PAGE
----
If you spend time outdoors or have pets that go outdoors, you need to beware of ticks. These small bloodsucking parasites are virtually everywhere. Although they aren’t necessarily deadly, they can spread serious diseases and cause infections at the bite site. Identifying a bite is vital to avoid an increased chance of infection. 

Infected tick on human skin. Carrier of infections of encephalitis disease and Lyme borreliosis. Parasite mite on person crawling under clothes. Ixodes ricinus. Dangerous biting insect

Ticks thrive in the fur and feathers of many birds and animals. Tick bites occur most often during early spring to late summer and in areas where there are many wild animals and birds, such as wooded, grassy fields.

Many tick species can and do transmit diseases from their bites to animals and people. Some of the diseases you can get from a tick bite are severe and cause debilitating conditions. Most ticks are so small that they can be difficult to see. They crawl onto you or your clothing often without being noticed.

Once a tick finds a place to latch on and feed, it will bite and stay there anywhere from a few days to 2 weeks. Ticks bite once, not repeatedly (like most other insects) and they use that site to feed until full or until you find it and remove it. Ticks fall off on their own once full but the longer they stay the higher the risk of disease. Most tick bites are painless and cause only a minor reaction. In fact, it’s likely you won’t feel anything because the bite doesn’t hurt, and it isn’t usually itchy. Because ticks are often very small, you might not even see it at first.

Often a small red bump will appear where the tick bit you. Some people’s bodies react to ticks with 1 to 2 inches of redness around the bite. That red area won’t get any bigger unless there’s a bullseye rash which is a sign of a potentially serious disease and a medical checkup is essential. 

A tick bite is never something to brush off, forget about, and deal with later. Many ticks carry microbes that can cause a variety of diseases. If diseases caused by tick bites are left untreated, they can even lead to serious health problems that could potentially affect your muscles, joints, brain, heart, vision, and nervous system. Many tick-borne illnesses can have serious consequences that alter your lifestyle and activities by limiting your mobility, cognition, and overall quality of life.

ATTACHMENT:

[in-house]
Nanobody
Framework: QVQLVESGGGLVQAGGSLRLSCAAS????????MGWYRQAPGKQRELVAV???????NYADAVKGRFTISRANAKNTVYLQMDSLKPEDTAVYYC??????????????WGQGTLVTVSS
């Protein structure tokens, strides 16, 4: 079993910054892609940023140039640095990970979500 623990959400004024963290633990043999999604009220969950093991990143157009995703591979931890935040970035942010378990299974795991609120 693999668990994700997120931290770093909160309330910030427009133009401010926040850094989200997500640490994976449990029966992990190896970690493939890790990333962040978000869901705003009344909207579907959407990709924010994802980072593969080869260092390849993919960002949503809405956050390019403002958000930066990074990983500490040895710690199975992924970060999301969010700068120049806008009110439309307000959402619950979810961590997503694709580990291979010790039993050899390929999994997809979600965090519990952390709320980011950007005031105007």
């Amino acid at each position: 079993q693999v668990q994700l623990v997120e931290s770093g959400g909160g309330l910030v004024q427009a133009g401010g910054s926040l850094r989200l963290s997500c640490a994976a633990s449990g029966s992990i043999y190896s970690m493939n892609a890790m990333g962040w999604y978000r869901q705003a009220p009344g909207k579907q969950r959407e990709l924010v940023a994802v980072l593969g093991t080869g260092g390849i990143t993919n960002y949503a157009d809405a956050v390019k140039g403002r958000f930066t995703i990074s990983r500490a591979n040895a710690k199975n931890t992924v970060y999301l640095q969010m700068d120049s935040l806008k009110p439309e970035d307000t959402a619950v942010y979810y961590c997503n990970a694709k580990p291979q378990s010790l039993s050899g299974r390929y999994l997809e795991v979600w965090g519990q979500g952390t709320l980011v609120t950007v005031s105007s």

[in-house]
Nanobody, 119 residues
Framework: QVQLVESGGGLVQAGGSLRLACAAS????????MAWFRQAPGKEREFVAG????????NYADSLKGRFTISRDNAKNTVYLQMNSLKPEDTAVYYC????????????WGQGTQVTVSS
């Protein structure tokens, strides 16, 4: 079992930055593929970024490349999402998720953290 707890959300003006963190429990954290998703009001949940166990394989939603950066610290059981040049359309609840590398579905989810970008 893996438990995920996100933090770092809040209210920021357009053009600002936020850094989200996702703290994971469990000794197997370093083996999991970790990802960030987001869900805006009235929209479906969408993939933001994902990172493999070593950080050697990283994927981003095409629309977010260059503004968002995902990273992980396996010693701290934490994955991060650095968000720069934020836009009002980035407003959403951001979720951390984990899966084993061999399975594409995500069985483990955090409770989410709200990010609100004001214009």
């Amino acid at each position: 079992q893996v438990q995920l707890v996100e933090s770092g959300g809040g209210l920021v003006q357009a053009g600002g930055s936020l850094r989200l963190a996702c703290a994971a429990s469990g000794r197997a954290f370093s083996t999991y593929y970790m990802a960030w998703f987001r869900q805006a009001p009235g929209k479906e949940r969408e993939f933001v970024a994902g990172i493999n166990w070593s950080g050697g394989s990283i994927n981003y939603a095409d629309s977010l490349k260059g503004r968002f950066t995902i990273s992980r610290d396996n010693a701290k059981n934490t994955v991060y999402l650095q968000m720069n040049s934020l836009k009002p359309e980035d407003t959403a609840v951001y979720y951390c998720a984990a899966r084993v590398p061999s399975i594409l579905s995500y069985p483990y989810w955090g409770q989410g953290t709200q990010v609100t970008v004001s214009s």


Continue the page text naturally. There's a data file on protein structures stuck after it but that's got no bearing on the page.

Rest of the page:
Knowing how to identify a tick bite and recognizing the general symptoms of tick-borne diseases can alert you to possible health risks sooner, so you can consult with your healthcare provider about appropriate next steps as soon as possible. Other bug bites can sometimes resemble tick bites, and therefore, it isn’t always easy to know whether you or a loved one have been bitten by a tick. 

  Some sure signs that the bite is from a tick:

  • Tick bites are not fluid-filled, whereas bites from ants and other insects are typically pus-filled. If you don’t see a tick attached but there’s a singular bite mark that’s red it’s likely a tick bite.
  • Location can sometimes help distinguish tick bites from other insect bites because ticks most commonly bite the back of the neck, scalp, groin, and legs. This is because they tend to migrate to parts of the body that are warmer and where they can hide easier.
  • Other insect bites may be multiple and concentrated in one area. Ticks typically bite once then burrow their head under the skin. There won’t be a pattern of bites in one area. 
  • Although it doesn’t hurt when the tick is attached, often the bite will itch or become slightly swollen once the tick is removed. Obviously, an attached tick means it’s clearly a tick bite.
  • A rash resembling a bullseye around the bite is a trademark sign that you may have contracted Lyme disease, a common and severe tick-borne illness, and a medical checkup is required. 

If you suspect you’ve been bitten by a tick, clean the area and watch it closely for any signs of infection or red flags that might need a medical checkup. Most tick bites will heal quickly and won’t require further care. At Spence’s Pest Control we can treat your exterior areas as well as interior to help deter ticks and other pests that pose potential health risks. Contact us today for an inspection and estimate 804-276-6703.